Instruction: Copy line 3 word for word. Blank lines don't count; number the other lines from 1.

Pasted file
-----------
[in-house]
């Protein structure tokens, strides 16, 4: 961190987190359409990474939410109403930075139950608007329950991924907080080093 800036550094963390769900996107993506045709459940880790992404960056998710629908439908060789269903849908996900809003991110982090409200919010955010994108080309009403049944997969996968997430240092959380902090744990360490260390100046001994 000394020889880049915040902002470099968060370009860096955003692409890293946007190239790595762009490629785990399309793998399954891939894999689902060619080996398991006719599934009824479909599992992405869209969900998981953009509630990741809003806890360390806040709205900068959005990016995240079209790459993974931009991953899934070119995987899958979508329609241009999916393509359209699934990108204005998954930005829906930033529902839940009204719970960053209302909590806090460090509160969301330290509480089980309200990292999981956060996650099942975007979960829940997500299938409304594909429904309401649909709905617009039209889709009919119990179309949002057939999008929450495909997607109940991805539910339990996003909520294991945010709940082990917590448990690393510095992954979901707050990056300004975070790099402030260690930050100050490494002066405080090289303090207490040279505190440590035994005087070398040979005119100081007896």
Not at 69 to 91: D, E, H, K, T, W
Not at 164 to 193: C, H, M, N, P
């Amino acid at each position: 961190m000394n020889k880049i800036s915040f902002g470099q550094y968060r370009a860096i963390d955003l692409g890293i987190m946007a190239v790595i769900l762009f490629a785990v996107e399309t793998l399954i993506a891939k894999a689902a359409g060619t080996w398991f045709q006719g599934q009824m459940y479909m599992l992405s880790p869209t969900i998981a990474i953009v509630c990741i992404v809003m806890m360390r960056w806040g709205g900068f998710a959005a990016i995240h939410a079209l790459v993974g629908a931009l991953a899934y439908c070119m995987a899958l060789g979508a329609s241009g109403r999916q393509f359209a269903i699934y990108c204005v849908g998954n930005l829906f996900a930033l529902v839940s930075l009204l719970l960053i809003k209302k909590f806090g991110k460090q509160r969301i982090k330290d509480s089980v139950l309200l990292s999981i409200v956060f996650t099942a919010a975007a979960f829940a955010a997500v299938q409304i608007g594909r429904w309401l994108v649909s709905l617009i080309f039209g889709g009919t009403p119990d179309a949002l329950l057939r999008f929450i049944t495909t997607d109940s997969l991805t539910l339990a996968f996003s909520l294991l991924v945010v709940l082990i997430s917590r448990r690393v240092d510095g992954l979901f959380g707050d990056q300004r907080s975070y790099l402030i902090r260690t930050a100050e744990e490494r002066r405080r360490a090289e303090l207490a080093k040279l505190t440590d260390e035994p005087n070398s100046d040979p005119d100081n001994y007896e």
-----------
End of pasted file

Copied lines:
Not at 69 to 91: D, E, H, K, T, W